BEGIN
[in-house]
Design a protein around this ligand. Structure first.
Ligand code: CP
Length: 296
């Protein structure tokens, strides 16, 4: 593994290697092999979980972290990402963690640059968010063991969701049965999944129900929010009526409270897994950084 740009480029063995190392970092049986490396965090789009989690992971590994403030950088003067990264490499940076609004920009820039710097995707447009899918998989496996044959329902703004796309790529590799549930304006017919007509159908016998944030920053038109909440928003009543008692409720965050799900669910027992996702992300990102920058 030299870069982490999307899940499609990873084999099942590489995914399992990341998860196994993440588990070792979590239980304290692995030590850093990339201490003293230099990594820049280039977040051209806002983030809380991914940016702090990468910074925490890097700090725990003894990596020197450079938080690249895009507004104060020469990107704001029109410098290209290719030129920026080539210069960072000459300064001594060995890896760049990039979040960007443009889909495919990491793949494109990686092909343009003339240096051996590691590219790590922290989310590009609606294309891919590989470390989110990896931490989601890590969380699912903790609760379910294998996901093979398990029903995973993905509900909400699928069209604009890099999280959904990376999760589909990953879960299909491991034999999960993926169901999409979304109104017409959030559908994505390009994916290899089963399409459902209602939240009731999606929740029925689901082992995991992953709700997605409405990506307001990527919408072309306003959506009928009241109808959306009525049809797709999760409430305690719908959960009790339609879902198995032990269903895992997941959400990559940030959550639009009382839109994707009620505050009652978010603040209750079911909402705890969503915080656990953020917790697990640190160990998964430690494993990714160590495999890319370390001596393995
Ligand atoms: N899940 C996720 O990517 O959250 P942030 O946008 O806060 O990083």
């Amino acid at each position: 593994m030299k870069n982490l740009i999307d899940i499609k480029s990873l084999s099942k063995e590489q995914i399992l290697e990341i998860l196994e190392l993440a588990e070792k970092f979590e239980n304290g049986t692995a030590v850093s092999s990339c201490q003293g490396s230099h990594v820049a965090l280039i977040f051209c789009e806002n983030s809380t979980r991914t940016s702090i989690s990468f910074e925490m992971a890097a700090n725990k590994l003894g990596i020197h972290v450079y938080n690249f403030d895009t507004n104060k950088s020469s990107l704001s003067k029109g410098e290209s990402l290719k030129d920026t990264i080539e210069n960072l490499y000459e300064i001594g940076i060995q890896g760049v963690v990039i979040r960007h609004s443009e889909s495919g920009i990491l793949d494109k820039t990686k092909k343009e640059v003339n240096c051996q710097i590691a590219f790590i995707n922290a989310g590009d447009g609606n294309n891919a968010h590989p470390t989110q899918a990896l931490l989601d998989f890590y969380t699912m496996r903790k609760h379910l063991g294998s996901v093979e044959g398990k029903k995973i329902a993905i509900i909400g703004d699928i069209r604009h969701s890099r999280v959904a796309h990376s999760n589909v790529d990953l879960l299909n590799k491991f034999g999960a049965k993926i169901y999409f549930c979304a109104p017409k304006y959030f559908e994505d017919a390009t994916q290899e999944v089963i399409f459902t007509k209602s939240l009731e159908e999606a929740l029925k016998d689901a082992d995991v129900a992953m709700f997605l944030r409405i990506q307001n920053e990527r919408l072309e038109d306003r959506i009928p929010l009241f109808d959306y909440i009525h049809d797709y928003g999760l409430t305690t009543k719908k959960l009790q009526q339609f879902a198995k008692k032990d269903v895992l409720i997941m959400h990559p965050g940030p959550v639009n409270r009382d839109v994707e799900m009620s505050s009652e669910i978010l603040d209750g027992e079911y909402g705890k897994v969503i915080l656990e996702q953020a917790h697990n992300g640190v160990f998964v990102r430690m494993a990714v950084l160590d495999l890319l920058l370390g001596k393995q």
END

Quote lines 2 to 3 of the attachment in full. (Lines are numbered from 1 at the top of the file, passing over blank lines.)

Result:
Design a protein around this ligand. Structure first.
Ligand code: CP